General Motors Co is giving responsibility for U.S. sales to North America President Mark Reuss in the latest management shakeup that the automaker said it needs to improve its performance.

Reuss, three months into his job, is the third executive in five months to lead the automaker's U.S. sales operations.

The move will leave Susan Docherty, who was named vice president in charge of U.S. sales in October, with responsibility for marketing.

GM's announcement on Tuesday is the latest in a reshuffling of its senior leadership team under Ed Whitacre, whom the Obama administration named as chairman in July when GM emerged from a U.S. government-financed bankruptcy. He took over as chief executive in December.

The announcement comes as February U.S. sales results from major automakers showed Ford Motor Co surpassed GM as the industry's top seller for the first time since 1998.

I don't think we moved far enough and fast enough, Reuss said on a conference call with reporters.

The structure before just wasn't right for what GM needs right now. These are the changes that are necessary to have GM North America move faster, Reuss said.

GM named Alan Batey vice president of sales and service for its flagship Chevrolet brand. Batey was president and managing director of GM's Holden operations in Australia.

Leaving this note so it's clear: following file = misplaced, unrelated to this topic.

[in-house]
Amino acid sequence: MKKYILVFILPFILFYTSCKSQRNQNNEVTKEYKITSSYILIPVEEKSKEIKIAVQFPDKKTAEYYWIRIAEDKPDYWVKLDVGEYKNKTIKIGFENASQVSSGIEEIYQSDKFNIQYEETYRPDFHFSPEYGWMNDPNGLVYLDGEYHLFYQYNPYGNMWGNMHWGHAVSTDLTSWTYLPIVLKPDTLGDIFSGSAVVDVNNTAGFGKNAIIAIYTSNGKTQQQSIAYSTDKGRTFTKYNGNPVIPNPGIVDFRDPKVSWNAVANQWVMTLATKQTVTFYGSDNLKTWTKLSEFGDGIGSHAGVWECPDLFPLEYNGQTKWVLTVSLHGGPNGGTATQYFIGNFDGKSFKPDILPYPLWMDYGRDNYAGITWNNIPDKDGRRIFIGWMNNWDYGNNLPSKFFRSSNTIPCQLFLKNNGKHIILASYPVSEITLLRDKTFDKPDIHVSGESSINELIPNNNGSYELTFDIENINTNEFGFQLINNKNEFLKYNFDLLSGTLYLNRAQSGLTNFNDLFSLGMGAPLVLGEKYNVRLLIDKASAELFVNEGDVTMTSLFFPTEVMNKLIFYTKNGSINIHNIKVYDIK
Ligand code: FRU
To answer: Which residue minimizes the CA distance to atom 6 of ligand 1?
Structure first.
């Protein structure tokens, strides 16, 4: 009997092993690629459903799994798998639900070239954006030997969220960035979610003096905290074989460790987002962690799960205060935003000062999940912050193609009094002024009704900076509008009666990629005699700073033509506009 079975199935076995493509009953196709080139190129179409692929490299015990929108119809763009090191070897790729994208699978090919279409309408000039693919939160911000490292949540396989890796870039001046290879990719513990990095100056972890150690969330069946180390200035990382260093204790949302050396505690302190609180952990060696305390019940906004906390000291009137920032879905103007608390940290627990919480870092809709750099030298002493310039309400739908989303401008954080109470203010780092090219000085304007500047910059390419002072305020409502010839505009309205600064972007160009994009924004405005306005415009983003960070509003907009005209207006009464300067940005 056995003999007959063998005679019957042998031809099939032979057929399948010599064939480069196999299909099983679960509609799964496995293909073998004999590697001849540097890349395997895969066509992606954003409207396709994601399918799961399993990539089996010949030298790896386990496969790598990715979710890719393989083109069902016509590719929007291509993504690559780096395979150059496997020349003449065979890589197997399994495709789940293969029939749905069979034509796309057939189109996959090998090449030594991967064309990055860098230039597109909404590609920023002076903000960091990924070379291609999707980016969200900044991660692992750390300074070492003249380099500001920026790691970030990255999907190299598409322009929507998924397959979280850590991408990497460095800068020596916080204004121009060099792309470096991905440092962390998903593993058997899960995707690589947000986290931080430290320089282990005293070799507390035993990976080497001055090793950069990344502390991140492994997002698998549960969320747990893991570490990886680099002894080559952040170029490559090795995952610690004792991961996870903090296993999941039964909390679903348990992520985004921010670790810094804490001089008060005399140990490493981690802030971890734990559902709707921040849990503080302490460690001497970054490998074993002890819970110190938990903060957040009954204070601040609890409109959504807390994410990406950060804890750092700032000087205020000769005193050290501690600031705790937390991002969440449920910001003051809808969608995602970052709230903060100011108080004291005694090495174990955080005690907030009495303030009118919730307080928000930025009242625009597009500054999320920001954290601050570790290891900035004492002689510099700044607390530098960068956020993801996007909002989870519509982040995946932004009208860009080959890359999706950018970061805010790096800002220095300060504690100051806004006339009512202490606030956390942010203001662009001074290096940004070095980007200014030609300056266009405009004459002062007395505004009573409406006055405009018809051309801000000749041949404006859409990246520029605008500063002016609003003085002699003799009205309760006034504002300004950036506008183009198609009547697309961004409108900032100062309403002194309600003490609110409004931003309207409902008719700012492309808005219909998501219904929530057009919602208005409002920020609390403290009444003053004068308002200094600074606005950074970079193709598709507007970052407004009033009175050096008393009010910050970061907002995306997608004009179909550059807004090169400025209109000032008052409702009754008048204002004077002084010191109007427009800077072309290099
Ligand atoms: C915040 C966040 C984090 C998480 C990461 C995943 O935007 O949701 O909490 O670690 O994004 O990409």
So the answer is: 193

Brian Sweeney remains with Buick-GMC as U.S. sales and service vice president, while Kurt McNeil was named U.S. sales and service vice president at Cadillac. McNeil was general sales manager at Chevrolet.

The three executives report to Reuss.

Reporting to Docherty are Jim Campbell, who was appointed to the role of U.S. marketing vice president, Chevrolet; Don Butler, U.S. marketing vice president, Cadillac; John Schwegman, U.S. marketing vice president, Buick-GMC.

Reuss said he had been working with a small group of executives to determine a new structure for its sales and marketing team and presented the new structure to the board of directors earlier on Tuesday.

Ed Whitacre strongly supported the changes, he said.

GM on Tuesday posted a nearly 12 percent gain in U.S. February sales from a year ago, when U.S. auto sales were near the bottom of a punishing slump and the automaker was sliding toward bankruptcy.

Ford posted a much stronger 43 percent gain in February U.S. sales to take the industry's top spot.

(Reporting by Soyoung Kim. Editing by Robert MacMillan)